Chinese Dining Customs

The best way to look like a local in China is to learn how to act like one at a restaurant. When you are seated, your table will be given just one menu normally for the entire group. If you are the host of a large group that covers more than one table, it is customary for whatever you order to be multiplied by the number of tables in your group, so that every table gets exactly the same dishes.

Many restaurants in China have aquariums and tubs filled with your potential dinner swimming about. If you order a meal with one of these delicacies, you may be required to either pick the one you want, or at the very least verify that the creature is still alive and healthy before it is cooked.


A shared meal in China is always very literally shared. All food will be delivered to the table and everyone shares. Sometimes the host will serve some dishes to you to show the hospitality. Serving chopsticks or spoons are normally available, but knives and forks will be provided only in star-rated hotels. If you struggle with using chopsticks, it is perfectly acceptable to hold a bowl up close to your mouth as you eat from it. Similarly, soup can be drunk from the bowl.

Concerning drinks, many restaurants provide a complimentary pot of hot tea before the meal. Tea is considered an appetite stimulator, not refreshment, so expect the teapot to disappear sometimes when your food arrives. But your tea cup will always be there. If you need more tea, you can just ask the waiter or waitress. Glasses of water are not provided with meals, and ice is rare, although chilled soft drinks, beer and bottled water are always readily available. The beer is often cheapest unless it’s imported. And if you like cold drinks you will have to request it cold because many Chinese still prefer their drinks at room temperature. For example, if you just ask for water, you may get a cup of hot water. Requesting “ bing de bai kai shui” will get you a free glass of cold water.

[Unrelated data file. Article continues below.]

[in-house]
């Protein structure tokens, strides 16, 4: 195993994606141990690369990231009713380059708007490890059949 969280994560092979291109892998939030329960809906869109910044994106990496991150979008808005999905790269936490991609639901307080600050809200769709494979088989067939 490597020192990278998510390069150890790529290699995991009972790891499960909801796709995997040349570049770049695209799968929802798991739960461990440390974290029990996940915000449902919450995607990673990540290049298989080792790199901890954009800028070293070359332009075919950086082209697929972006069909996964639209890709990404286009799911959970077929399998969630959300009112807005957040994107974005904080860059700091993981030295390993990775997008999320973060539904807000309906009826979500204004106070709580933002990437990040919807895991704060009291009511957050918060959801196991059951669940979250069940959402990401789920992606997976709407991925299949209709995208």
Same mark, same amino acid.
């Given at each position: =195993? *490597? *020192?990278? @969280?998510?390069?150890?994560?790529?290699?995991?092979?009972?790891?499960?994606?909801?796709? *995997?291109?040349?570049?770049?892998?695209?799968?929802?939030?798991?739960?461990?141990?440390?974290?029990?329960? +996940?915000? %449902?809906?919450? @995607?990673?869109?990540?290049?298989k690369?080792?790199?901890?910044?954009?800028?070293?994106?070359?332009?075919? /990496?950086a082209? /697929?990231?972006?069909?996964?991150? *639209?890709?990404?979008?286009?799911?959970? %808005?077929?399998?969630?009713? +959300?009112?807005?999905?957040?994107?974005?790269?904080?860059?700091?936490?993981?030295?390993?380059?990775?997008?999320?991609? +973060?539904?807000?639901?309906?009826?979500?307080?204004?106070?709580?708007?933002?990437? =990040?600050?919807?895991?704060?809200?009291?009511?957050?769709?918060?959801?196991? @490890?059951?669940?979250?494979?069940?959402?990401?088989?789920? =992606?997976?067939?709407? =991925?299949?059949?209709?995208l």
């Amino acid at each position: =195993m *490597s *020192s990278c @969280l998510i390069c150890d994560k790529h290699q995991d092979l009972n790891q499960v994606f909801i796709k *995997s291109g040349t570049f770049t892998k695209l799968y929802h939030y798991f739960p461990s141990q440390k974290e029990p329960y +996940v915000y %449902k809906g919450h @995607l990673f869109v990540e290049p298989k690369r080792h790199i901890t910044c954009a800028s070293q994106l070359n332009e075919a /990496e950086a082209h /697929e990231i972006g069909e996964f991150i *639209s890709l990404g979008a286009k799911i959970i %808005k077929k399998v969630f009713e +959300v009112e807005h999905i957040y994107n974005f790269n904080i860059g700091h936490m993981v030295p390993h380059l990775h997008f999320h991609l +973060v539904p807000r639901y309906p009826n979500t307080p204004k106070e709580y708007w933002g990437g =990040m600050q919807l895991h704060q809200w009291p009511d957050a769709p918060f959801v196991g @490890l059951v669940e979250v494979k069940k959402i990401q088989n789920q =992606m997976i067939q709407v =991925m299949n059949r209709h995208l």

You will be expected to pick one starch, or what the Chinese would refer to as a main food, which includes rice, dumplings, steamed buns, savory pancakes, or noodles. And the Chinese custom is to eat rice after you have finished all other dishes, just to fill up.


Banquets are times to impress, and that means the most exotic foods. You may be treated to duck’s tongue, baby pigeon, fish-head soup, chicken feet, scorpions, squid, and a while lot more. Take only a very small amount of each dish because you may be surprised at how much food will be kept bringing. But you will know the meal is over when the complimentary fruit arrive.

In China, whoever does the inviting is the one who also does the ordering and the paying. Splitting the cost of a meal is not popular in china though many Chinese people are familiar with foreign ways and may be open to it. Instead, the accounts are balanced when your guests later invite you out for a meal. If it’s your birthday, you are expected to treat your friends to a meal rather than being treated.

At last, I would like to teach you two useful and powerful Chinese words. One is Gan Bei, which means bottoms up or toast that signifies everyone should drink down whatever alcohol is left in the glass. The other is Mai Dan. You will have to ask for the check (mai dan) when you are ready to leave.

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